Abstract

Over recent decades a quiet revolution has taken place in the application of modern imaging theory to many fields of applied imaging. Nowhere has this movement been more dramatic than within the field of diagnostic medical x-ray imaging, to the extent that there is now a growing consensus around a universal imaging language for the description and comparison of the increasingly diverse range of technologies. This common language, which owes much to the basic quantum-limited approach pioneered by Rose and his contemporaries, embodies the fundamentally statistical nature of image signals and enables scientists and engineers to simultaneously develop new system designs optimized for the detection of small signals while constraining patient x-ray exposures to tolerable levels. We attempt to provide a summary of some of the more salient features of progress being made in the understanding of the signal-to-noise limitations of medical imaging systems and to place this progress within a historical context. Emphasis is placed on medical diagnostics based on x-ray imaging techniques.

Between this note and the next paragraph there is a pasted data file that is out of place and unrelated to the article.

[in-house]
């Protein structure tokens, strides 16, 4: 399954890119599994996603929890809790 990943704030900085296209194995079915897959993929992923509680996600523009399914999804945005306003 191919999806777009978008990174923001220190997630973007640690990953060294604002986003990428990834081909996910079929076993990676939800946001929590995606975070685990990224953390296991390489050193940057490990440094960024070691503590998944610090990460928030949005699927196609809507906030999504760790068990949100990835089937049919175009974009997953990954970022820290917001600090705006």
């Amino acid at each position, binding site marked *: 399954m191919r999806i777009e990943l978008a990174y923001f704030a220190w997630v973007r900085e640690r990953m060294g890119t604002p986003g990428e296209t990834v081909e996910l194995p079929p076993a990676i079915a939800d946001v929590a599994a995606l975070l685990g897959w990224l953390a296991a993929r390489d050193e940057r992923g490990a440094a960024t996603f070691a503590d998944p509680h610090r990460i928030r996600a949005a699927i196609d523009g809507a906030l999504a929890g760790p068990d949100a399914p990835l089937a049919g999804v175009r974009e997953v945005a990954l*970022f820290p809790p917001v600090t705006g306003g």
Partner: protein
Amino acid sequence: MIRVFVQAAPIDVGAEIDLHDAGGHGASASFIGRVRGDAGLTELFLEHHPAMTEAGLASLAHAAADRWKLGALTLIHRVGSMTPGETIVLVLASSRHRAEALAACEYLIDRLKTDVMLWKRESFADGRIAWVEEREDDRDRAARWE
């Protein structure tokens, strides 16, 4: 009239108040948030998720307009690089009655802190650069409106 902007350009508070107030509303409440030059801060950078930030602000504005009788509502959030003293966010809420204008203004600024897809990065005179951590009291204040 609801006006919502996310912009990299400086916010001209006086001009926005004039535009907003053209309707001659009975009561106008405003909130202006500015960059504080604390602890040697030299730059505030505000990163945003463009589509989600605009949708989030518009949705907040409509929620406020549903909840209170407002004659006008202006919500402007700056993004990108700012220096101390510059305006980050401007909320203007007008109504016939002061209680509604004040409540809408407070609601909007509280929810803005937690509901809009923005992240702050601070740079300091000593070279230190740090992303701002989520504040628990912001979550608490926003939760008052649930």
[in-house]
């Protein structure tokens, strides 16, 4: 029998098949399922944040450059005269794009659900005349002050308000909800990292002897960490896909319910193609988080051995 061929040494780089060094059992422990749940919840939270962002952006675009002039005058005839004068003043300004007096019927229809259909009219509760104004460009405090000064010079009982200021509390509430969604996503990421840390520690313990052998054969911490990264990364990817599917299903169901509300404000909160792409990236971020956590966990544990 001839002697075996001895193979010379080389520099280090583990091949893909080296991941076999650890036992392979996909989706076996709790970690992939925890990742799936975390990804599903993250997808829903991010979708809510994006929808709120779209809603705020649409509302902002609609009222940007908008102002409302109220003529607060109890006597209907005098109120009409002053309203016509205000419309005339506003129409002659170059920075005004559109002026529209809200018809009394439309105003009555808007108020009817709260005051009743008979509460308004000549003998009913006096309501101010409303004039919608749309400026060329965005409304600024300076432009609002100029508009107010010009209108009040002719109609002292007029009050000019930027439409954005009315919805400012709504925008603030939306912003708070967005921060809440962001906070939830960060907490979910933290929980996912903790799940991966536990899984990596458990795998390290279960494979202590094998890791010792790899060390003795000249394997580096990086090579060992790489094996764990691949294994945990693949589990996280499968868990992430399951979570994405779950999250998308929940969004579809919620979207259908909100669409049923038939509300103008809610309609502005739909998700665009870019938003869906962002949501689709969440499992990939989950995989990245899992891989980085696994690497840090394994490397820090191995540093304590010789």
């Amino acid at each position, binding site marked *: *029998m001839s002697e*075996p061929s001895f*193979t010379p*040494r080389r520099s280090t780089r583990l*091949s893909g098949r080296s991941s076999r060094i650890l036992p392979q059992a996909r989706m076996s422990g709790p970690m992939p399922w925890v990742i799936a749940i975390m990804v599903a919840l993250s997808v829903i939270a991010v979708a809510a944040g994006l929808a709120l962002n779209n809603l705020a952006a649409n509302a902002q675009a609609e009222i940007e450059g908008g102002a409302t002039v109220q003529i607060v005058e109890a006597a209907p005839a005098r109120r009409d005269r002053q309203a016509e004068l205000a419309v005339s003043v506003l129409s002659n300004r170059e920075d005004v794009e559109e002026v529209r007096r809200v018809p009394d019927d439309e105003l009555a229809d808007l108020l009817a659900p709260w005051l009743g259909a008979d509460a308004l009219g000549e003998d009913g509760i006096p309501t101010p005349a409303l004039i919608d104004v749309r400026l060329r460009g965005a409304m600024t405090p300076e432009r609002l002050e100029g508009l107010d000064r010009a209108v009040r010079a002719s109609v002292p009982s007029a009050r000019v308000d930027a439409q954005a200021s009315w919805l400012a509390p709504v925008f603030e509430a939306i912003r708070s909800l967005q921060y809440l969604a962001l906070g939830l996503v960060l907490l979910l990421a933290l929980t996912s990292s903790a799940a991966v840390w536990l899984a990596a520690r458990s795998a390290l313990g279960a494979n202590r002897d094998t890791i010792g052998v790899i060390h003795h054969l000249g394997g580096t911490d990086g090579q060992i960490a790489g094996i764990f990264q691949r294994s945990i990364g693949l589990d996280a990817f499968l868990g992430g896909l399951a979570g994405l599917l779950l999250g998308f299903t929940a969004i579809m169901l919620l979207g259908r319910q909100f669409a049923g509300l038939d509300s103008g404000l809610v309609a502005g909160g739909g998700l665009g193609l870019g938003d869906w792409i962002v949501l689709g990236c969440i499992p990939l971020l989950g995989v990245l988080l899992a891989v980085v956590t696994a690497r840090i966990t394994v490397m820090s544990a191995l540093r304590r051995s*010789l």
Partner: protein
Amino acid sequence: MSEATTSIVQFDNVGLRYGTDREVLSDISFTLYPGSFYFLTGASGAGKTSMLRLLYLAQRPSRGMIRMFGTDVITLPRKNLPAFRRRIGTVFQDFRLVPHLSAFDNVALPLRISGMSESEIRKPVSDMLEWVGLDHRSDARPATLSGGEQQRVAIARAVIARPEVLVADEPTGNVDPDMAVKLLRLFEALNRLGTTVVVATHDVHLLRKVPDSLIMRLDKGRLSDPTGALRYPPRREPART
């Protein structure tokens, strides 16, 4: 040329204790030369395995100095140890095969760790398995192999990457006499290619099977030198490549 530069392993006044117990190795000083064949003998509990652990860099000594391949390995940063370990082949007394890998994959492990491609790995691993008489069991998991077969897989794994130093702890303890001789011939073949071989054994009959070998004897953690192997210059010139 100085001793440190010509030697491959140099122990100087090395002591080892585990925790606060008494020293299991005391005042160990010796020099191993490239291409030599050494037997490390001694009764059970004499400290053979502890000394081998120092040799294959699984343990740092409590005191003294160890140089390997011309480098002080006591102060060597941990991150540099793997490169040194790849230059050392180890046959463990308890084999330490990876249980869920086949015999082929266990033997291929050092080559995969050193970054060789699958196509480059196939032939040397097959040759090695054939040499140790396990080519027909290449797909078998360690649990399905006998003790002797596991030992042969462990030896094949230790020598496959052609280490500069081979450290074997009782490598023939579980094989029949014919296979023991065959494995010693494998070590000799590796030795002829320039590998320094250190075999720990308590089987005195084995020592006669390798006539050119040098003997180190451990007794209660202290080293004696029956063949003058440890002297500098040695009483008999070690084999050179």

© 1999 Optical Society of America

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